News Feature | April 29, 2014

Portland Voters Consider Water Utility Reform

Sara Jerome

By Sara Jerome


The process for raising water rates is a hot election issue in Portland. 

Voters are considering a ballot measure that would alter how utilities are overseen in Oregon's largest city. "If approved by voters May 20, the measure would create a Portland Public Water District with an elected, unpaid board of directors responsible for water, sewer and stormwater services," the Oregonian reported.

Big water consumers support the measure. That includes Siltronic Corp., a silicon wafer manufacturer. The company spent nearly $2 million on water bills during 2012, and nearly $1.5 million for sewer bills, according to a table compiled by the Oregonian.  

"More than any other commercial or residential customer, Siltronic stands to benefit the most financially from changes to water rates simply because of the company’s staggering consumption," the report said. 

Who opposes the measure? The campaign to change utility oversight also has high-profile adversaries, according to an opinion piece in the Oregonian.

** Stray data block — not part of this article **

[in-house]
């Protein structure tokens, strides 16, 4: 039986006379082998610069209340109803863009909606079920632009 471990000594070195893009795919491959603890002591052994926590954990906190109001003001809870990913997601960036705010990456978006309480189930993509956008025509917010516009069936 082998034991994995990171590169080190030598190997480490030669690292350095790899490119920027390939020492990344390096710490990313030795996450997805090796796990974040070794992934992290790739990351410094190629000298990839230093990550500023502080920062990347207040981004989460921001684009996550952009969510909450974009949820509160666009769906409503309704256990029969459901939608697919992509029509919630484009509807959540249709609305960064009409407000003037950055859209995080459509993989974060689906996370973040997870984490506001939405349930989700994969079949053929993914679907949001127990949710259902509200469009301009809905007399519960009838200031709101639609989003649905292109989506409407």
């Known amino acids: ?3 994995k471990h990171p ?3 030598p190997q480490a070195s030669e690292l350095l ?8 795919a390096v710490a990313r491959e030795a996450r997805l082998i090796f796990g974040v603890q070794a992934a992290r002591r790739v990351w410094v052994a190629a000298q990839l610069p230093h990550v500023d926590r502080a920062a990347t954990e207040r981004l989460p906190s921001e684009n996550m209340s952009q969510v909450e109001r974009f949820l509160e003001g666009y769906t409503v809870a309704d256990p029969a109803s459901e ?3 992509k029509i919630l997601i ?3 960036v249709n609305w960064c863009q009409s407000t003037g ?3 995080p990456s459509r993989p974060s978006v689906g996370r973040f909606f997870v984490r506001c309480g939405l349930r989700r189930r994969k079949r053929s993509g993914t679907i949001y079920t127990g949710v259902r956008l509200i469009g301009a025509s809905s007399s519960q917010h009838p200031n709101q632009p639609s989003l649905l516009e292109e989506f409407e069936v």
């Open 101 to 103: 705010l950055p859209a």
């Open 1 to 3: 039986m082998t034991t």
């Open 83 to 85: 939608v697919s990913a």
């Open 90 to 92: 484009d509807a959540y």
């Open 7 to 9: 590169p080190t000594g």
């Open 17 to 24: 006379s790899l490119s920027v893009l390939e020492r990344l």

"According to the Secretary of State’s Office, as of April 7, 96 percent of the 'no' on Measure 26-156 campaign financing came from five entities — PacifiCorp (parent of Pacific Power), Portland General Electric, AFSCME Local 189, Depave and the Audubon Society of Portland. Put another way: two monopoly utilities, a Water Bureau union, and two sewer contractors," wrote Floy Jones, co-chief petitioner of the Portland Public Water District initiative.

What do those entities have in common?

"They benefit from Portland’s water-sewer status quo — big budgets, high rates, and spending on pet projects with little or nothing to do with the water and sewer systems," according to Jones. 

She said some of those entities have projects funded by ratepayers. 

Members of city council have promised to consider reform if residents allow them to maintain their utility oversight powers.

"If voters reject the May 20 ballot measure to create a Portland Public Water District – and leave rate-setting power with the City Council – then the City Council will form a task force to study new oversight options," the Oregonian reported in an earlier piece

For more on policy and politics, check out Water Online's Regulations and Legislation Solution Center

Image credit: "Last Minute Voters," © 2006 lancefisher, used under an Attribution-ShareAlike 2.0 Generic license:

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